A few years ago I opened a Christmas present to get the Chronology card game from my Mom’s boyfriend and he said, “I know you like games and history, so I thought you might like this.” I was a bit skeptical because he doesn’t particularly play games, but I thought, “Why not give it a try.” Then it became a favorite of gameschooling for the next several months that we pulled out when friends came over for a party, and just generally was pulled out all the time. So here is our Chronology Game Review.
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What is Chronology?
Chronology is a card game similar to the popular Timeline and Cardline Geography game (my review of Cardline). Oh no! It looks like Cardline is discontinued (Rainbow Resource is still carrying it though), and it was such a wonderful game. If you can find a used copy grab it up. It’s a great geography game.
You each start with a single event card. The person next to you tells you an event and you have to figure out if it is before or after your date. If you guess incorrectly the play continues on to the next person who attempts the same guess. All the way around until someone either gets it correct, or it gets back to the person who started and then the card is discarded.
Play continues until someone gets 10 cards in their own personal timeline.
Very similar play style to Timeline/Cardline, but not quite the same.
And you can also see why I took so long to write a Chronology review, it’s nice and simple. There isn’t super a lot to say.
But, I realized if I want my blog to be a place where you get lots of homeschool resources for your kids, then I needed to get this review written. So, here I am with the Chronology card game review.
Why I like Chronology
It’s not super competitive
I’ve mentioned before The Artist is not a big fan of games. But this is a rare game that isn’t super competitive, as you can be super knowledgeable about history (like me) and still get those events you know nothing about.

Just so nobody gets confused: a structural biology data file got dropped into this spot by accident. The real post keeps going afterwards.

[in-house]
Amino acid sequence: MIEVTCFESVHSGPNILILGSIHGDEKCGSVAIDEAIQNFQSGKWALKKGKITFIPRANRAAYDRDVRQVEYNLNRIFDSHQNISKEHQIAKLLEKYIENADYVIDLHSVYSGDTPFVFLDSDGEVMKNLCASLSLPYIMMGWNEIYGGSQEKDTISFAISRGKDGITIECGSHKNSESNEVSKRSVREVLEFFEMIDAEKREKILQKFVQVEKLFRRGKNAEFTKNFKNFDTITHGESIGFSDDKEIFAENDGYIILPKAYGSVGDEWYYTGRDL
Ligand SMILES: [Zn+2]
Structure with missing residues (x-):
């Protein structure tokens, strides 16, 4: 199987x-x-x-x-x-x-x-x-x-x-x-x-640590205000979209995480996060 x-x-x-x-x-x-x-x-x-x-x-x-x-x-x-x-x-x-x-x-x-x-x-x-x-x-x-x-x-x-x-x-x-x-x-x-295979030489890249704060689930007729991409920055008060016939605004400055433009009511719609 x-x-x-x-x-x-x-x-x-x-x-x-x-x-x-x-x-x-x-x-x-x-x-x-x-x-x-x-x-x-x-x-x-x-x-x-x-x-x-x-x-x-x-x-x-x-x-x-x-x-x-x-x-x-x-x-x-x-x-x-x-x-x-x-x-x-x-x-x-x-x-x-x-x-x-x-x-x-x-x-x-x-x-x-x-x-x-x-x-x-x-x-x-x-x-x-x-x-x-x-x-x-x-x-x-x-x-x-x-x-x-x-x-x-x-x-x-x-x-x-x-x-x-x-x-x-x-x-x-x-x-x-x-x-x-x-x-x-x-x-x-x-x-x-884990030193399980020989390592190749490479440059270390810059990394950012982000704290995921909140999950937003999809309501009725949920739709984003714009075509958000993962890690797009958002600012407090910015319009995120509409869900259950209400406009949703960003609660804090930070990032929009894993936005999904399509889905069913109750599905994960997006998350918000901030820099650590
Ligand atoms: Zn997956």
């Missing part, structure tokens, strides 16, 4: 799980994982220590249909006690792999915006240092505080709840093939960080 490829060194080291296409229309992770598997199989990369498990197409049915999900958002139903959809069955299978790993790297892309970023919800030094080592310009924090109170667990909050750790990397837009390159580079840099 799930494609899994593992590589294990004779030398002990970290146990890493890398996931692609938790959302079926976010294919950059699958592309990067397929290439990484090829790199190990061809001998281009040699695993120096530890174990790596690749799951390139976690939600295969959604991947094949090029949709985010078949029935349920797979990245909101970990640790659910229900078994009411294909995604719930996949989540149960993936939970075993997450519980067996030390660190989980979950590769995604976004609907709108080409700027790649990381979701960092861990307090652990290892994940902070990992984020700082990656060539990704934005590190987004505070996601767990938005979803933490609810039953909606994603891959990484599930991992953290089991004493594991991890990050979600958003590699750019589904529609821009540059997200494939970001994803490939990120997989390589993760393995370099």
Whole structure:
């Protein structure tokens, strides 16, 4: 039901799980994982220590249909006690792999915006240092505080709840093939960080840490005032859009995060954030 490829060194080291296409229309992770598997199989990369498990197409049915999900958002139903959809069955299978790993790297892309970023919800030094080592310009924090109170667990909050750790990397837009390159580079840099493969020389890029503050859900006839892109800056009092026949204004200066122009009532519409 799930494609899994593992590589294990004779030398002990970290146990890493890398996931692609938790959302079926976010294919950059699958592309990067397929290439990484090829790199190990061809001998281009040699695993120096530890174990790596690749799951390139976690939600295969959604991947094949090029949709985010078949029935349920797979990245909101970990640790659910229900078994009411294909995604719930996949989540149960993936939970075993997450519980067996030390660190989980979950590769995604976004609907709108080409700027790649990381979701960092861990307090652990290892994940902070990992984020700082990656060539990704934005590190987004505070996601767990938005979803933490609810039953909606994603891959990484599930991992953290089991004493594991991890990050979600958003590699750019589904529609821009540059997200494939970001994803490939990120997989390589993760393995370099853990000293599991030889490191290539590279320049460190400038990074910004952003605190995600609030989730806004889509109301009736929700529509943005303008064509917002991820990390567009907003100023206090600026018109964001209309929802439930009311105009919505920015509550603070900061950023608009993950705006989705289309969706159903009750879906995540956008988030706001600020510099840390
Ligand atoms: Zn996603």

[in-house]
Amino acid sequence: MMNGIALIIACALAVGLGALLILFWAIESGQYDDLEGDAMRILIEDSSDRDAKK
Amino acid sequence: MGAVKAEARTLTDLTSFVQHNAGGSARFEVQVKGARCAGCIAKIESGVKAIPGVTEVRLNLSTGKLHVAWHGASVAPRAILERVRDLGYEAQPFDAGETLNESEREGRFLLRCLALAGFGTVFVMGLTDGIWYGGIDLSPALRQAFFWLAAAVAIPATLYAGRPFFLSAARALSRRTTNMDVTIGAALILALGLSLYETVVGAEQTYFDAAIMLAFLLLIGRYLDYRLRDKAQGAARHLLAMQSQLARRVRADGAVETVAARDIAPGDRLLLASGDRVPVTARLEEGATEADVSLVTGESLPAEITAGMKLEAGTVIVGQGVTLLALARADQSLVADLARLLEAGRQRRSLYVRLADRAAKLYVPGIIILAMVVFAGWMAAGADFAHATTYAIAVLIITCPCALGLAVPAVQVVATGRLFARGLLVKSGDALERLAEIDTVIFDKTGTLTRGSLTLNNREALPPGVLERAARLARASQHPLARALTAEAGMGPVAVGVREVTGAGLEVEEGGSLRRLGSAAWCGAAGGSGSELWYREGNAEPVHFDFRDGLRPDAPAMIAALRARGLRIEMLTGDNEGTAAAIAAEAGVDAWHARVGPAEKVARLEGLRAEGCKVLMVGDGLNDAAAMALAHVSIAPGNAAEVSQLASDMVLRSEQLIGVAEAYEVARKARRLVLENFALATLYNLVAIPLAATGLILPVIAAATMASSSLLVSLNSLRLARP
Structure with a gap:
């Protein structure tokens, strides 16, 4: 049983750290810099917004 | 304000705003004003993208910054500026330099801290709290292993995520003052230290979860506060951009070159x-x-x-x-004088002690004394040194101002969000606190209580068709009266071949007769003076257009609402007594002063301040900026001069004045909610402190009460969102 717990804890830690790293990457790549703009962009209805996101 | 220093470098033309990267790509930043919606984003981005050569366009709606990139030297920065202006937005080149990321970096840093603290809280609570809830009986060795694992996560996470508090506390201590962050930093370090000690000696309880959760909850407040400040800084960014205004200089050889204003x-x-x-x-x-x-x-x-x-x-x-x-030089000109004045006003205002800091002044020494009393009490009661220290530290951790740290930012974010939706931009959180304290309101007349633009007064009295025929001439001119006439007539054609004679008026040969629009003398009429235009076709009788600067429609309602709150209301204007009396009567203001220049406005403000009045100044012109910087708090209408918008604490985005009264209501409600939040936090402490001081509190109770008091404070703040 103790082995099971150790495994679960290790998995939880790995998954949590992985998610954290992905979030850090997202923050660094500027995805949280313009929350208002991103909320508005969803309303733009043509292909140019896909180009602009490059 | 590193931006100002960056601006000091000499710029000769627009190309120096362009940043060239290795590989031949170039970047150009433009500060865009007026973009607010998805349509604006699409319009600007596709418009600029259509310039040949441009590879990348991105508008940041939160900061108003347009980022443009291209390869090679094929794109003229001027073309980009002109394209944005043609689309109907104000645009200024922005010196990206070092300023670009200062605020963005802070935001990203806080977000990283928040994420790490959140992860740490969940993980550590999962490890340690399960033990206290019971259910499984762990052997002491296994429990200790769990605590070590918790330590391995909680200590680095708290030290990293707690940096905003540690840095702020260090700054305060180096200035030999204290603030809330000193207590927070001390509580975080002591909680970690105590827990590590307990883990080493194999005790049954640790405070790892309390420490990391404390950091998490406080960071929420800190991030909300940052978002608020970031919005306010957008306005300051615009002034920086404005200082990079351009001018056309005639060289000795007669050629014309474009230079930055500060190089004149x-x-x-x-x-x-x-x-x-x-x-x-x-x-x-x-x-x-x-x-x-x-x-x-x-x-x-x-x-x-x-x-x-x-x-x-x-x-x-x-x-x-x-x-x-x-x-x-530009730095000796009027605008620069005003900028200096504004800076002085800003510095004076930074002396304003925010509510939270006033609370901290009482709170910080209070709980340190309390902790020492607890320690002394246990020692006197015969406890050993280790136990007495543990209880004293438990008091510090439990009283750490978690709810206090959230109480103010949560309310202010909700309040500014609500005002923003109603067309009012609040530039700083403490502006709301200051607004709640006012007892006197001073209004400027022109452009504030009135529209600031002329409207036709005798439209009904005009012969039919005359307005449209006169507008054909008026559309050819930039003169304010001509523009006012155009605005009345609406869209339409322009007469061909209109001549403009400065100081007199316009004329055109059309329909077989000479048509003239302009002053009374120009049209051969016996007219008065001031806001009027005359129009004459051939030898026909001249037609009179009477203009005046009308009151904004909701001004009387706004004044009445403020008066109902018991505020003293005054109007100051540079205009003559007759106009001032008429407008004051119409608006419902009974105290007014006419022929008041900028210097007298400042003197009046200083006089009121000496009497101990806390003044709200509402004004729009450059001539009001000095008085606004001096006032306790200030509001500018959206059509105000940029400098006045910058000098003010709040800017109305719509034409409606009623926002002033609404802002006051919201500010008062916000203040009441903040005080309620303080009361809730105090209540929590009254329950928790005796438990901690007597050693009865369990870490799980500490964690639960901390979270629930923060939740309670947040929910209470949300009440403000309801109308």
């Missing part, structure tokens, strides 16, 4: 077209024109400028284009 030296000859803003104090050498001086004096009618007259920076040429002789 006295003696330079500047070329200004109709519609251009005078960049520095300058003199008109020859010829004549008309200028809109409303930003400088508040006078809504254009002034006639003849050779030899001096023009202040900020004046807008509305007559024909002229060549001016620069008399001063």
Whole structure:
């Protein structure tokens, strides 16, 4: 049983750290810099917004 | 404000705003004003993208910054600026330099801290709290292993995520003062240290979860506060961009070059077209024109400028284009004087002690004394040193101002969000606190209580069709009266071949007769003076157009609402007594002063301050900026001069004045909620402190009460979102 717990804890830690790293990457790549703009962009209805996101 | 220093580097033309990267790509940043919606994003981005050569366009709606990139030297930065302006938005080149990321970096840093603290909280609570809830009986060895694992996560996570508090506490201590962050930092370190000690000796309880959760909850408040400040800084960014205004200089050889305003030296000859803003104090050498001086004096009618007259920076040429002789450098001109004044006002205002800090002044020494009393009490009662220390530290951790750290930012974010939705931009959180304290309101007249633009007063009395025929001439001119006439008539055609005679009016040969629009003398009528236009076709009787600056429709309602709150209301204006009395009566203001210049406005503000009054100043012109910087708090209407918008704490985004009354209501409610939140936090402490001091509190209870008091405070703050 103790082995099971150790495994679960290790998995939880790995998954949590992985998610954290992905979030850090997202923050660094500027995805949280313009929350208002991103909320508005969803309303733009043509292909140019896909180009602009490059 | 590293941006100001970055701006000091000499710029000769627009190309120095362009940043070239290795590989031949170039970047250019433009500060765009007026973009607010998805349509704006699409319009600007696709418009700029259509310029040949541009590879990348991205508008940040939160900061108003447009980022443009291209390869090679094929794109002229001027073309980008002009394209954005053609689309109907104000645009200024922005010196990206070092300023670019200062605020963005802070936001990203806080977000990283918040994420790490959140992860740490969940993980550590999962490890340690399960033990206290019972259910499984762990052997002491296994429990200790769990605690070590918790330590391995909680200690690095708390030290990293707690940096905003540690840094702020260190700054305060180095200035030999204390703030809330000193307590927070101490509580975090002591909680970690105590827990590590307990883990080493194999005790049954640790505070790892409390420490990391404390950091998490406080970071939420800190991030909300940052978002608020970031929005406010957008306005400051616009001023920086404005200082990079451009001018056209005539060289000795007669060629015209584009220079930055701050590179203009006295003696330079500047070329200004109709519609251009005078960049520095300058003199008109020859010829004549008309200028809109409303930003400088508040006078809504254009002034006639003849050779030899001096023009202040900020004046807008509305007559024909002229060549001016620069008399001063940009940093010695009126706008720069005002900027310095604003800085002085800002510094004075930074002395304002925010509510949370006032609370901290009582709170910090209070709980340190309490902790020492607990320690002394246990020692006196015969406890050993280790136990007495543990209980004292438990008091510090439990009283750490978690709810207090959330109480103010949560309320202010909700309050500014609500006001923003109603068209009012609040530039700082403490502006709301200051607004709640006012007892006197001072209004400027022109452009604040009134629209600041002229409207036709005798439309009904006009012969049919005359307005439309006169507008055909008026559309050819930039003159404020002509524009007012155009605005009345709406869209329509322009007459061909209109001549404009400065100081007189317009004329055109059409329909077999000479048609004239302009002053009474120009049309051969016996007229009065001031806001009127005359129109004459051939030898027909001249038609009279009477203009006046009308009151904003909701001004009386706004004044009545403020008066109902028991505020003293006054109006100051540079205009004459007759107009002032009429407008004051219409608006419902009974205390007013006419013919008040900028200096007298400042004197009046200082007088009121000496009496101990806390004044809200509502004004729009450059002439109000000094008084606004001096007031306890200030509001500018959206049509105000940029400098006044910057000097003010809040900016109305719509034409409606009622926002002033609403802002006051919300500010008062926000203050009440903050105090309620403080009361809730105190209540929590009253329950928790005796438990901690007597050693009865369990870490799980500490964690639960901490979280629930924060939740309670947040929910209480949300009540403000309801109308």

Really this game is relying on your general idea of when something MIGHT have happened. I can reason all I like about when zippers were invented, and it does not change my ability to guess correctly if I’m looking to guess between 1900-1910 and there are already 5 events happening in that time.
No lie, I had that happen one game. Everyone else has a span of hundreds of years and all of my events were within 50 years of each other. It murdered me.
It’s adaptable to a wide range of players
Obviously, the more players you have for a game, the longer you have to wait for it to be your turn. But it’s fun to listen to other players turn and try and guess where you would put it on your timeline.
We’ve played with around 12 people at one point.
It’s easy to explain
You saw how long it took me to explain the play. It was literally just a paragraph.
A modern paragraph, not a Charles Dickens page-long paragraph. My paragraph was three sentences long.
This means if you’re having a game night, you don’t have to take a long time to explain how to play. You just give a quick recommendation and start playing.
Games like that are perfect for a game night with large crowds, or impatient 8-year-olds.
The 8-year-old might win the game
No seriously, there I was sitting with 3 cards in my timeline and the 8-year-old won the game. We all congratulated him and laughed.
All it takes is the ability to read and an ability to make a guess.
I like that.
Some more good party games
All of these games are quick and easy to play, perfect for a game night with friends (though some of these only play 4 people)
- Dominion game– deck building, fairly simple to explain, more complicated to play
- Tiki Topple– 4 players, so only good for a couple coming over
- Killing Doctor Lucky– great for a crowd
- The Captain is Dead– slightly longer to explain, but great if you’re a sci-fi fan, also good with 4-8 people
Natalie PlanetSmarty says
We have Timeline (Science edition) and enjoyed playing it a few times. This does look very much like Timeline.
This sounds like a great history game!